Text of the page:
Excellent storytelling, pacing, and editing across the board.


Into the Spiderverse feels like an epic, multi-part comic run that would later be converted into a great trade paperback; the kind I’d waste a Saturday reading at my local Hastings because I was too poor to buy as a kid. Even more so than Infinity War, which was based on a famous Avengers run, Into the Spiderverse felt like a comic book story come to life.

To be clear, Infinity War felt more like the culmination of ten years of movies (albeit comic book movies), so I’m not knocking Disney/Marvel’s latest masterpiece, I’m just saying I felt something different watching this movie. This movie embraced the visual aesthetic of a comic book in a way unseen since Ang Lee’s Hulk. But where Hulk was only interesting to look at and faltered when it came to the plot, Into the Spiderverse backs up its great visuals with a compelling story. The best comic book stories have great writers and artists; it takes two to make it work. On that note, it was a classy thing for the movie to be dedicated both to Stan Lee and Steve Ditko, the men—both of them—responsible for Spider-Man being Spider-Man, writer and artist.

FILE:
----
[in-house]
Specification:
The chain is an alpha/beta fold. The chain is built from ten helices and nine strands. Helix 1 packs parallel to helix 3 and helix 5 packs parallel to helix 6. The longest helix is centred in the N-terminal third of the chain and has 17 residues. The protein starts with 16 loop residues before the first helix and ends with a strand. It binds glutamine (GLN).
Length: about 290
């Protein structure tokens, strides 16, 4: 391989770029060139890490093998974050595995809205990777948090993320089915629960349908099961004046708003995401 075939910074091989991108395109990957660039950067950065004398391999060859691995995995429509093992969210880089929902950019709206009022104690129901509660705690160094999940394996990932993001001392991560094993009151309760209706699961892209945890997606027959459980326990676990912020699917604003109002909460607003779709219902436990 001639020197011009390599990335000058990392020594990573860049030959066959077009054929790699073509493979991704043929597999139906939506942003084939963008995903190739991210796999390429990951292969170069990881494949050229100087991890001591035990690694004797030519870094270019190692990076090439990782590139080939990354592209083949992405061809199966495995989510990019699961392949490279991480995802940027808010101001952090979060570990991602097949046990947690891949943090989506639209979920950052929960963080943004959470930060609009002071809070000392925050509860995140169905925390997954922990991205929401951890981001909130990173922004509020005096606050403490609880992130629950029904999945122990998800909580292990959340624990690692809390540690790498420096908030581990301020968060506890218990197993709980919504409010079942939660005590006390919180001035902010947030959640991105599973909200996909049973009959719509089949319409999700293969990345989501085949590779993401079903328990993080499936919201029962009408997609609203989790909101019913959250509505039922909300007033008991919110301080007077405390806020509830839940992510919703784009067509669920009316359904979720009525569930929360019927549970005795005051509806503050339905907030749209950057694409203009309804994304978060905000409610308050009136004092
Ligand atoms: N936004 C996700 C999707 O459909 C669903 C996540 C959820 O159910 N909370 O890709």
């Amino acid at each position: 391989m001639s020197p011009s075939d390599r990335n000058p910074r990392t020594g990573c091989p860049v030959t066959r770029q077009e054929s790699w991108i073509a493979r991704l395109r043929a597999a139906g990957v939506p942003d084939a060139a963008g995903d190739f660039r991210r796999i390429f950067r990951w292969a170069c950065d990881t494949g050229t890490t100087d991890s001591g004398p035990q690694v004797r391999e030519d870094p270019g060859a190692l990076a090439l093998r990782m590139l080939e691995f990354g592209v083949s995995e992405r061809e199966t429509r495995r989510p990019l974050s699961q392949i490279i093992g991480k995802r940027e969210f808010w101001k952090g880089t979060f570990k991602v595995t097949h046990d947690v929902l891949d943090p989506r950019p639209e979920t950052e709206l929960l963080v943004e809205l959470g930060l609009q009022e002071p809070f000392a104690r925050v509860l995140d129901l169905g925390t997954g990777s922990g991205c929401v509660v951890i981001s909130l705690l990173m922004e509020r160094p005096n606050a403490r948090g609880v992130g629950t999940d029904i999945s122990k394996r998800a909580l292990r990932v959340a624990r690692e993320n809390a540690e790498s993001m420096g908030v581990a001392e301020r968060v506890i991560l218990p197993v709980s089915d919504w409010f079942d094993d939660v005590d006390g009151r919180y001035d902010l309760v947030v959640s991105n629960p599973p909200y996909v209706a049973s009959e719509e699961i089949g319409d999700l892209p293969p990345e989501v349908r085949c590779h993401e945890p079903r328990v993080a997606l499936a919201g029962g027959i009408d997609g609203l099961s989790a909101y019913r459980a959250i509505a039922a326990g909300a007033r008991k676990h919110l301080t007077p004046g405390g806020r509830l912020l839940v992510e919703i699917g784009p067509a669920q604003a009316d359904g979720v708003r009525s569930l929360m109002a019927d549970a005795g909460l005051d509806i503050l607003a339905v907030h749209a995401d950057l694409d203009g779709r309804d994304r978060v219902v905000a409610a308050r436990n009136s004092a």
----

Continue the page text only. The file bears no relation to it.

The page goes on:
Before this movie, if you asked me to show you the best adaptation of the Spider-Man comic book on the big screen, I’d point to Spider-Man 2 (2004). Much as I loved Homecoming, that movie is so ingrained in the MCU that it was hard to see it as anything more than just a piece of the larger puzzle. Spider-Man 2 nailed the character and everything that makes him Marvel’s most popular solo brand. Now the torch is passed; Into the Spiderverse is Spider-Man come to life, and more than that: The movie is a love-letter to the character himself.


Sony could do twenty of these movies, with some focusing on Miles, others going to the middle-aged Peter Parker’s universe, others catching up with Spider-Gwen. I’d love for a Spider-Man: Noir movie that was all tongue-in-cheek angsty in the vain of Lord and Miller’s take on Batman. Shoot they could even do Spider Pig as a G-rated kids movie and it would make bank. The beauty of this movie is that it didn’t just introduce us to one Spider-Man but to half a dozen animated iterations of the hero.

I don’t know why Sony insists on trying to out-MCU the MCU. Their track record is spotty at best on that front. On the other hand, they could go in a totally different direction and use the Spider-Man rights to create a whole animation franchise. The budget for this movie was half of Venom‘s and a third of Amazing Spider-Man 2‘s. The return on the investment alone warrants sequels. It just makes sense.

So of course Sony is doing Venom 2 with Carrot Top as the bad guy.

10/10 – I have no complaints at all. Into the Spiderverse is one of the best comic book movies ever, the most “comic book” movie ever, and maybe the best Spider-Man movie ever.

Well done.